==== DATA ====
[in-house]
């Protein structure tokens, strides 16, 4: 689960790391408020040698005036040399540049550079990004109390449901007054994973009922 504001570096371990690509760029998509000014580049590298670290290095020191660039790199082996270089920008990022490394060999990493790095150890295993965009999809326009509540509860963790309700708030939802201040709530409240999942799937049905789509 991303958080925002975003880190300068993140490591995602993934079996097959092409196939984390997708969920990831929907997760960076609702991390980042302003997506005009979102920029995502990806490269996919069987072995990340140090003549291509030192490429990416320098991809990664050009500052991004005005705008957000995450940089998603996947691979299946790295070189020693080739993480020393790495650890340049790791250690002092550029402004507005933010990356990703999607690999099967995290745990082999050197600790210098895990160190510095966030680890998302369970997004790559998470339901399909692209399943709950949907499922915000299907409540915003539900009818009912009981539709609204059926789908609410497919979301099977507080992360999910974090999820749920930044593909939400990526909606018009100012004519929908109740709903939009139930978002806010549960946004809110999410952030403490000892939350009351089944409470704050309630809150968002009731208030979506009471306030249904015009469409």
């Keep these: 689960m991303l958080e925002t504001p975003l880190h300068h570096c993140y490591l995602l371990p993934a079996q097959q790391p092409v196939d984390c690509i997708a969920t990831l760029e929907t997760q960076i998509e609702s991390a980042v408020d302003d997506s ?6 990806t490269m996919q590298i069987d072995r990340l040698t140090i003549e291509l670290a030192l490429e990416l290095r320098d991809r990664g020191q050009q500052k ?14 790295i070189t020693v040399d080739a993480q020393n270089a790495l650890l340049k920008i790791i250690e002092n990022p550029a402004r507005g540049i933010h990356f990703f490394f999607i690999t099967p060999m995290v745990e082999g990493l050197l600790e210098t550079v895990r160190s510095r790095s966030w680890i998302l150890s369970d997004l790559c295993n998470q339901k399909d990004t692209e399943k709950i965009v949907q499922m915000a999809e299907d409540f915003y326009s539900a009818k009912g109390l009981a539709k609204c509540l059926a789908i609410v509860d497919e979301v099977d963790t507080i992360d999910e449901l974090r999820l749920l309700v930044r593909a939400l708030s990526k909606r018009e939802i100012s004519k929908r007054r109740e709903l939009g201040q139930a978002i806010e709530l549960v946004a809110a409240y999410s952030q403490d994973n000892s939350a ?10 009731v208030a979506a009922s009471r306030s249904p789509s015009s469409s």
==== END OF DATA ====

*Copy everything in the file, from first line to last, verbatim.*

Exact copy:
[in-house]
């Protein structure tokens, strides 16, 4: 689960790391408020040698005036040399540049550079990004109390449901007054994973009922 504001570096371990690509760029998509000014580049590298670290290095020191660039790199082996270089920008990022490394060999990493790095150890295993965009999809326009509540509860963790309700708030939802201040709530409240999942799937049905789509 991303958080925002975003880190300068993140490591995602993934079996097959092409196939984390997708969920990831929907997760960076609702991390980042302003997506005009979102920029995502990806490269996919069987072995990340140090003549291509030192490429990416320098991809990664050009500052991004005005705008957000995450940089998603996947691979299946790295070189020693080739993480020393790495650890340049790791250690002092550029402004507005933010990356990703999607690999099967995290745990082999050197600790210098895990160190510095966030680890998302369970997004790559998470339901399909692209399943709950949907499922915000299907409540915003539900009818009912009981539709609204059926789908609410497919979301099977507080992360999910974090999820749920930044593909939400990526909606018009100012004519929908109740709903939009139930978002806010549960946004809110999410952030403490000892939350009351089944409470704050309630809150968002009731208030979506009471306030249904015009469409």
């Keep these: 689960m991303l958080e925002t504001p975003l880190h300068h570096c993140y490591l995602l371990p993934a079996q097959q790391p092409v196939d984390c690509i997708a969920t990831l760029e929907t997760q960076i998509e609702s991390a980042v408020d302003d997506s ?6 990806t490269m996919q590298i069987d072995r990340l040698t140090i003549e291509l670290a030192l490429e990416l290095r320098d991809r990664g020191q050009q500052k ?14 790295i070189t020693v040399d080739a993480q020393n270089a790495l650890l340049k920008i790791i250690e002092n990022p550029a402004r507005g540049i933010h990356f990703f490394f999607i690999t099967p060999m995290v745990e082999g990493l050197l600790e210098t550079v895990r160190s510095r790095s966030w680890i998302l150890s369970d997004l790559c295993n998470q339901k399909d990004t692209e399943k709950i965009v949907q499922m915000a999809e299907d409540f915003y326009s539900a009818k009912g109390l009981a539709k609204c509540l059926a789908i609410v509860d497919e979301v099977d963790t507080i992360d999910e449901l974090r999820l749920l309700v930044r593909a939400l708030s990526k909606r018009e939802i100012s004519k929908r007054r109740e709903l939009g201040q139930a978002i806010e709530l549960v946004a809110a409240y999410s952030q403490d994973n000892s939350a ?10 009731v208030a979506a009922s009471r306030s249904p789509s015009s469409s």